Prov 23:7—”To Think” or “To Serve Food”? An Exegetical Note -- By: Kenneth L. Barker

Journal: Masters Seminary Journal
Volume: TMSJ 05:2 (Fall 1994)
Article: Prov 23:7—”To Think” or “To Serve Food”? An Exegetical Note
Author: Kenneth L. Barker


Prov 23:7—”To Think” or “To Serve Food”?
An Exegetical Note

Kenneth L. Barker1

“For as he thinketh in his heart, so is he” (Prov 23:7, KJV). When a familiar Hebrew proverb has, in turn, become as proverbial in the English language as this one has (thanks to the KJV), one is reluctant to tamper with it. Yet the key word, the verb שָׁעַר (s̆̆āʿar, “to think”), has long been a crux interpretum. What I wish to do in this note is delineate how lexicons, translations, and commentaries have analyzed and interpreted this passage, and then suggest some possible semantic light from the cognate language Ugaritic.

Lexicons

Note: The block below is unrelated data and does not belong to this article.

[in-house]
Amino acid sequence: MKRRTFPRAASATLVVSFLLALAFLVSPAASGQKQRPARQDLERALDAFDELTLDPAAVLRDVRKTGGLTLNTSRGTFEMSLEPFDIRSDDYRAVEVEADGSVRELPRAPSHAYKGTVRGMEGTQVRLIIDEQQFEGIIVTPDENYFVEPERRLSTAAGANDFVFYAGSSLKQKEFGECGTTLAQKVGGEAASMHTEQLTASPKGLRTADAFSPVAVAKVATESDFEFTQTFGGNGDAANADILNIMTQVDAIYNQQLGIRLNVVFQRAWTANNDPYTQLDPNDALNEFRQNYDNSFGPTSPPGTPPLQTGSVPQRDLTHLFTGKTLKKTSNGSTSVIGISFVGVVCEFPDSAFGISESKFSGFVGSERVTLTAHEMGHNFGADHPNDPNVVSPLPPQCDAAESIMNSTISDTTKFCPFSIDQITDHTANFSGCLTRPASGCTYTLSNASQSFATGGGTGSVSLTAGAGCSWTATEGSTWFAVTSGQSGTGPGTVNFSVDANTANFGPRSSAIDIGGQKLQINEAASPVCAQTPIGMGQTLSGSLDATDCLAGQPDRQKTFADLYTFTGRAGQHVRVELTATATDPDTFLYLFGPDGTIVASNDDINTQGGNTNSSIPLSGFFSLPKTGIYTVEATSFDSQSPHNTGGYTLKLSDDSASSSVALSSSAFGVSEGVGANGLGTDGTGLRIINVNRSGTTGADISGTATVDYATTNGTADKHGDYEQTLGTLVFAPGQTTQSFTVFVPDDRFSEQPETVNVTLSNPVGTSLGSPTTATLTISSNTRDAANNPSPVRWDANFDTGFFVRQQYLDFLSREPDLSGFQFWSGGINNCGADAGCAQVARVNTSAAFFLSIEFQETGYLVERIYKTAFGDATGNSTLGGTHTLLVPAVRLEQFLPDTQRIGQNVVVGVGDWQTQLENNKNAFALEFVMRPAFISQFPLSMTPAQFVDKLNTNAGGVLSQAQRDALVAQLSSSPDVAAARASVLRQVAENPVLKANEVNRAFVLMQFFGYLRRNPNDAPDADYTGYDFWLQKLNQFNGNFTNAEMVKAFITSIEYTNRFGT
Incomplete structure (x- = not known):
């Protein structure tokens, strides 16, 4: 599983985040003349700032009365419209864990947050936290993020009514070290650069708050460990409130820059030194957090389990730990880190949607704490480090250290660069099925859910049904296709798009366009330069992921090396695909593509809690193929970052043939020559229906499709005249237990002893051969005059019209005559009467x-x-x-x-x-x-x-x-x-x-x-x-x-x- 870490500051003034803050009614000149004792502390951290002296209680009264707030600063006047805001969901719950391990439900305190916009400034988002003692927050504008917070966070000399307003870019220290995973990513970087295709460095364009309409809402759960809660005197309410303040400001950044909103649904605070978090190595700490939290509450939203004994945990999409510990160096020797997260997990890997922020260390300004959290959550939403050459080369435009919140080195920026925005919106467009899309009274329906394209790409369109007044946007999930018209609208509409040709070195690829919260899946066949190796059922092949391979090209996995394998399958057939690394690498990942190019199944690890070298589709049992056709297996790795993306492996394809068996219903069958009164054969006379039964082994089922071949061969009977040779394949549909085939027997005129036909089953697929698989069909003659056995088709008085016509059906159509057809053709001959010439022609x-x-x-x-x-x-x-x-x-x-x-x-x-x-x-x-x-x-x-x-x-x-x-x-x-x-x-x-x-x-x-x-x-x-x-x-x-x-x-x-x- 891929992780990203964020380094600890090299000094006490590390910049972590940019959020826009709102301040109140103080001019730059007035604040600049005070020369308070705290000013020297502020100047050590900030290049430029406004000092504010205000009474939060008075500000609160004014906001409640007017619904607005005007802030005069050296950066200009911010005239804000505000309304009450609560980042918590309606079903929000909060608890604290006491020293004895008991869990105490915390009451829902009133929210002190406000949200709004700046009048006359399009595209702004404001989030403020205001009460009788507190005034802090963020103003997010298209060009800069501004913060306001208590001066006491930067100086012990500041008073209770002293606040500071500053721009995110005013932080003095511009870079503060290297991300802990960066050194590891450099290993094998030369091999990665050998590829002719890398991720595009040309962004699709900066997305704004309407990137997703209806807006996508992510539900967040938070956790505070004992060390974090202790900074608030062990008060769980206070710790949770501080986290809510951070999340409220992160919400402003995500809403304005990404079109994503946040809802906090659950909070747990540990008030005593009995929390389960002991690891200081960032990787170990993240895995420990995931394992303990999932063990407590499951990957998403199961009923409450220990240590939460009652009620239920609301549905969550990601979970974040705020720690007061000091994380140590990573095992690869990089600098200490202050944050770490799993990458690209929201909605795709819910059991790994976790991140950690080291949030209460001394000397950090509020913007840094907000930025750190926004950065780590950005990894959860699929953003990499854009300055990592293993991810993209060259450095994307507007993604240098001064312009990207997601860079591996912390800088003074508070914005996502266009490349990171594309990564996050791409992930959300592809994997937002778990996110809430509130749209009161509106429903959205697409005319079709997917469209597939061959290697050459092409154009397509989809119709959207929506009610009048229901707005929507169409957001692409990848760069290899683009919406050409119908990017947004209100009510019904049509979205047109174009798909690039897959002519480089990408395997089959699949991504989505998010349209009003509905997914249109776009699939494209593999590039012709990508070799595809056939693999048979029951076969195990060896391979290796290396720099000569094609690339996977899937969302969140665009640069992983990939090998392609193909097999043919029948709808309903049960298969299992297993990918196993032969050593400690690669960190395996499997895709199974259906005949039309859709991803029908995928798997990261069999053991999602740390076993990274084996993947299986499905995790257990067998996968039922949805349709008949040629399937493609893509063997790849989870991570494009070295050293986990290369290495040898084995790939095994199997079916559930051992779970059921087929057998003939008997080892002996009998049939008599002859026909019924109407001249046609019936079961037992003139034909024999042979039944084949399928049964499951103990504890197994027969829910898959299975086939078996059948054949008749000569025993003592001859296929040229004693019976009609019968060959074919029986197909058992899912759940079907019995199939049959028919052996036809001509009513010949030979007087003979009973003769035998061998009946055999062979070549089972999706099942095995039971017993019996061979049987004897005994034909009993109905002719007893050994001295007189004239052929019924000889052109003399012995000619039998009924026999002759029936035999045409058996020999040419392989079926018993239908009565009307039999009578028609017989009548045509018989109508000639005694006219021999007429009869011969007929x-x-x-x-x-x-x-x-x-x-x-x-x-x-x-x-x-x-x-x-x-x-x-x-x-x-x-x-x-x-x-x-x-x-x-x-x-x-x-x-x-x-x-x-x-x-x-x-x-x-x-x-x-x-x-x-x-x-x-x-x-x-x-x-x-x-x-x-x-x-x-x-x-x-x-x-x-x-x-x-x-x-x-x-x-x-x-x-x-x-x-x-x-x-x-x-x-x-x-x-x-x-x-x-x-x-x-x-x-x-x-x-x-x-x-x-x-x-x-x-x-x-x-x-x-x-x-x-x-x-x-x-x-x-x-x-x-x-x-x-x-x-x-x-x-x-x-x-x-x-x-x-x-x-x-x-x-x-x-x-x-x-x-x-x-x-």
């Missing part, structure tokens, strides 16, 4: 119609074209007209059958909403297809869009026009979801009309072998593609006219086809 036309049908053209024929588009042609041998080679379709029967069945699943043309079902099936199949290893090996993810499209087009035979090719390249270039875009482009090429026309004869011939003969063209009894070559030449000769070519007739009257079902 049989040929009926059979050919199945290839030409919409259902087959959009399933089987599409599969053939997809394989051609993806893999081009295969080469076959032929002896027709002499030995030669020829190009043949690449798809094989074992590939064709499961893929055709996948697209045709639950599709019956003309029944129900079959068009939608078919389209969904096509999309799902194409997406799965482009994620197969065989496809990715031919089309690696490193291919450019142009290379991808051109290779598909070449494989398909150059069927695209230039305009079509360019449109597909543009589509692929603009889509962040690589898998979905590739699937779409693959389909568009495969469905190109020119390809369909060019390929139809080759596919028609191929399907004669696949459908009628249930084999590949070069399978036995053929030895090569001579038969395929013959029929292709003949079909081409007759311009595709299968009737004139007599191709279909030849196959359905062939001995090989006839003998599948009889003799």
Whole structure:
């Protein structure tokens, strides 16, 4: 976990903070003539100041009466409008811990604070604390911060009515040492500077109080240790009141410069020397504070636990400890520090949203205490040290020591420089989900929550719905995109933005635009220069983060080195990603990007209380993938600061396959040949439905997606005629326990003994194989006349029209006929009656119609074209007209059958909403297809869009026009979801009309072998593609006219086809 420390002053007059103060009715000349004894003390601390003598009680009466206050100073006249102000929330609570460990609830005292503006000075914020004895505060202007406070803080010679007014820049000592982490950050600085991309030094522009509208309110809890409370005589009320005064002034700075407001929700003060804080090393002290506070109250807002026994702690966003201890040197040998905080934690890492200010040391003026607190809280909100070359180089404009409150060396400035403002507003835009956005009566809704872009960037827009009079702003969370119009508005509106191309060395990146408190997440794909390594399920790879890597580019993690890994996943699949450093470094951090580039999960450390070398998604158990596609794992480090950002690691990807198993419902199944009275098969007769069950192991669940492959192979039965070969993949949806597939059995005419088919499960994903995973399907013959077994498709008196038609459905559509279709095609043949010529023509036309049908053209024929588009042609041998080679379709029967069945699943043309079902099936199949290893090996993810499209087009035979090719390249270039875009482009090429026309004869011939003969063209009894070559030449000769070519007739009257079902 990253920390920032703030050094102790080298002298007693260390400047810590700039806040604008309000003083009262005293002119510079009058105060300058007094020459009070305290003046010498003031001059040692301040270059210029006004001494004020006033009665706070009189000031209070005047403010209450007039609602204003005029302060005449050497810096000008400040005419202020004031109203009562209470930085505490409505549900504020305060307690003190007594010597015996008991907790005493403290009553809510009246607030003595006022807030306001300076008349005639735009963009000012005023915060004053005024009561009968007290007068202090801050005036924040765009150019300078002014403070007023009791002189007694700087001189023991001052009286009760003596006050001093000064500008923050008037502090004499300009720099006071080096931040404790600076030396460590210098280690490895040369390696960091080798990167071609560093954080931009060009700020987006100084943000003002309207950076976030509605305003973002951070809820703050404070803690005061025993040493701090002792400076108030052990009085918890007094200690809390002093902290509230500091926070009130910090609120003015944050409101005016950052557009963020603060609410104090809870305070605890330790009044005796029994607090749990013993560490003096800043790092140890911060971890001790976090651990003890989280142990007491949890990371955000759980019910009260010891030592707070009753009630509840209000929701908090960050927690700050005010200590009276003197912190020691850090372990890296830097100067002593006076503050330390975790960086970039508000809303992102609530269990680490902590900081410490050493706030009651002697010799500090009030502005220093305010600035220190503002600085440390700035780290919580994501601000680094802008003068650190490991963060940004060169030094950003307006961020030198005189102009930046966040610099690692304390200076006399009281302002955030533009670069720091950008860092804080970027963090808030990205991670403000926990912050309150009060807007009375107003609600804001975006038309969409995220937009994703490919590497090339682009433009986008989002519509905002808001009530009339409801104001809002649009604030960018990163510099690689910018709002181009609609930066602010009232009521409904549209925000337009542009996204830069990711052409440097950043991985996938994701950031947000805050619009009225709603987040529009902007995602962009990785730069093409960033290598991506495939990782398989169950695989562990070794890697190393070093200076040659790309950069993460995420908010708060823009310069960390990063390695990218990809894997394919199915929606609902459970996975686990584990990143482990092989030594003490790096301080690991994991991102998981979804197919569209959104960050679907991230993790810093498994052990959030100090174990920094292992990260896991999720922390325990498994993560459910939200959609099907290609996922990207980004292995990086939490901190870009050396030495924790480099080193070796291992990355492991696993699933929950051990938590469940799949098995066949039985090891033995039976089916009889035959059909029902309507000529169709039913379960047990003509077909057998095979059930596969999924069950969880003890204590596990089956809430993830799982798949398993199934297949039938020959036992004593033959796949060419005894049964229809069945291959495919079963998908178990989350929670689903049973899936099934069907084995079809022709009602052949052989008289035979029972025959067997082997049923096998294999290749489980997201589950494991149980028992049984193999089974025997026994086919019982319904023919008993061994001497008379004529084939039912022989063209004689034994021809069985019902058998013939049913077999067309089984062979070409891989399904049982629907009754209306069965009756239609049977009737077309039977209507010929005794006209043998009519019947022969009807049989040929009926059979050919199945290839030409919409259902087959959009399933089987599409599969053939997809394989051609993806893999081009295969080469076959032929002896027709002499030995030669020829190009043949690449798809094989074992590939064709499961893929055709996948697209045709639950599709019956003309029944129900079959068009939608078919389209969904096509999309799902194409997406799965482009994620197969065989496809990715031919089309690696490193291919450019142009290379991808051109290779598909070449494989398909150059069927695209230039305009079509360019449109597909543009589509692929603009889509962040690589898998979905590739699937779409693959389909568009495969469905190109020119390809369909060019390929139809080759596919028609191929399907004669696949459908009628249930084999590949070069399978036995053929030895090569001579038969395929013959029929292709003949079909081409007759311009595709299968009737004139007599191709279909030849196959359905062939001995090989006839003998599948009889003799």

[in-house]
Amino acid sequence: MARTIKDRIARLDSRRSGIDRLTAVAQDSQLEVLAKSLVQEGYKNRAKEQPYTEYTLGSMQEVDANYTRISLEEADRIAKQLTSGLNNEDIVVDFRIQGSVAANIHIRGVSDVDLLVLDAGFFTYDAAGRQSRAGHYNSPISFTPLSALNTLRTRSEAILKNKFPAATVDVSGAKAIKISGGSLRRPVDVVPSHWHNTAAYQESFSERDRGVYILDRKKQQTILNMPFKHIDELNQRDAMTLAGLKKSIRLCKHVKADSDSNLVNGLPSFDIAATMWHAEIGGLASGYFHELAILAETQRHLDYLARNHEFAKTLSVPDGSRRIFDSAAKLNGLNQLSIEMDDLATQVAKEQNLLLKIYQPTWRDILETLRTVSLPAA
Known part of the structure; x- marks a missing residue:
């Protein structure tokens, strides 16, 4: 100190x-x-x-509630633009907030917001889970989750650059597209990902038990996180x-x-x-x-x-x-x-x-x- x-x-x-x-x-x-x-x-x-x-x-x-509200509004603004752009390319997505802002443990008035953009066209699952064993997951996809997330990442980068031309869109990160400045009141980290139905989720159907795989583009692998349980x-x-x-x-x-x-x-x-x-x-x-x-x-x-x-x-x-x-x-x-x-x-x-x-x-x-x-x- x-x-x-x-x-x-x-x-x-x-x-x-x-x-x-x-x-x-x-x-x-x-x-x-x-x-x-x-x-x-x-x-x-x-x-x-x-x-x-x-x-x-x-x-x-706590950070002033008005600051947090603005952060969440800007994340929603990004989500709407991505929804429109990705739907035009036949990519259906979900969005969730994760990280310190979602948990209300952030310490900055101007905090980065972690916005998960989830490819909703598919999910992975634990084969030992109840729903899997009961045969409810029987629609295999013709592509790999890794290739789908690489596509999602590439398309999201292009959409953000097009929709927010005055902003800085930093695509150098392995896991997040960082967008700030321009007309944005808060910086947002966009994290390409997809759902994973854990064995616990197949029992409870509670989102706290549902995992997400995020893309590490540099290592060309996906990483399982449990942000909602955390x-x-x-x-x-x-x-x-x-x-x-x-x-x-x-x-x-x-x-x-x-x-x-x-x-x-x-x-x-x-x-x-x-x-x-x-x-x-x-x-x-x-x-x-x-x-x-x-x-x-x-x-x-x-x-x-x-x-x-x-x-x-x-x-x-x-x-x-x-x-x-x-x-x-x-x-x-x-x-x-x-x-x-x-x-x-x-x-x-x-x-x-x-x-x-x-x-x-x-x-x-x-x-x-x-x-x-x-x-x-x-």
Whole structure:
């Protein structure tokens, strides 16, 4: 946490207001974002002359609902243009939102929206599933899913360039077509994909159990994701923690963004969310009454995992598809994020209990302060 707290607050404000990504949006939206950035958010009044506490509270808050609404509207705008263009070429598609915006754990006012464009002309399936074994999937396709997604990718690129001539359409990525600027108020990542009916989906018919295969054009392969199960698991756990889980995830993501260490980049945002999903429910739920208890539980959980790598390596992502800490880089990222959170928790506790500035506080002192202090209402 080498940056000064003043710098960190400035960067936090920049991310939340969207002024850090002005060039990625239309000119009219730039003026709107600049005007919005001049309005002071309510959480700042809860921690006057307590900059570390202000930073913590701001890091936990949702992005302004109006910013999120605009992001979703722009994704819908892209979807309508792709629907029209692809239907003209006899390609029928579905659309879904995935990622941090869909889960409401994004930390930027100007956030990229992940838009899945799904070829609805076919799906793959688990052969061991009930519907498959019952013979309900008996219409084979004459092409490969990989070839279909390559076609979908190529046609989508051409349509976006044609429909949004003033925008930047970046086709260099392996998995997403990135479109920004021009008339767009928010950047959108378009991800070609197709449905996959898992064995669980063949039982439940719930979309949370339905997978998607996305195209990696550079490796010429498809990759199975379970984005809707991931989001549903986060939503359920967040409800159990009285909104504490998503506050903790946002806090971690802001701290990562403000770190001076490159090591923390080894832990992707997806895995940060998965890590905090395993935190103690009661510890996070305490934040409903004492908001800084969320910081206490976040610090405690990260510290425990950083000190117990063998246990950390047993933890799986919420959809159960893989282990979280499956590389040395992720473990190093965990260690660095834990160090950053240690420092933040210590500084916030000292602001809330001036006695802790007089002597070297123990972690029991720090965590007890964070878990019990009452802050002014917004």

The Brown, Driver, and Briggs lexicon assigns the meaning “calculate, reckon” to s̆̆āʿar in Prov 23:7—translating it, “as he has calculated in his soul, so is he”—but hastens to add that this meaning is dubious.2 The reason for the uncertainty is that this nuance is unattested elsewhere in the Hebrew Bible. The suggested meaning is from late, post-biblical Hebrew (Piel stem) and Jewish Aramaic (Pael stem) usage—”put a valuation on, estimate”—and from the late Aramaic noun (from the same root) meaning “interest, market price.”3 The Arabic cognate to the latter is a loanword from Aramaic. BDB also indicates that the ostensibly related noun שַׁעַר (s̆̆aʿar) occurs in Gen 26:12 with

the meaning “measure,” supposedly developed from an original meaning of “reckoning.” There “a hundredfold” renders the ultimate sense of “a hundred measures.”

The treatment of KB,4 TWOT,5 and Holladay6 is similar, though Holladay suggests that the text is corrupt.

Translations

It is helpful to note the renderings of the major ancient translations of Prov 23:7. Obviously, they too struggled with the meaning:

LXX: “For as if one should swallow a hair, so he eats and drinks” (apparently reading עָר [śēʿār, “hair”] instead of You must have a subscription and be logged in to read the entire article.
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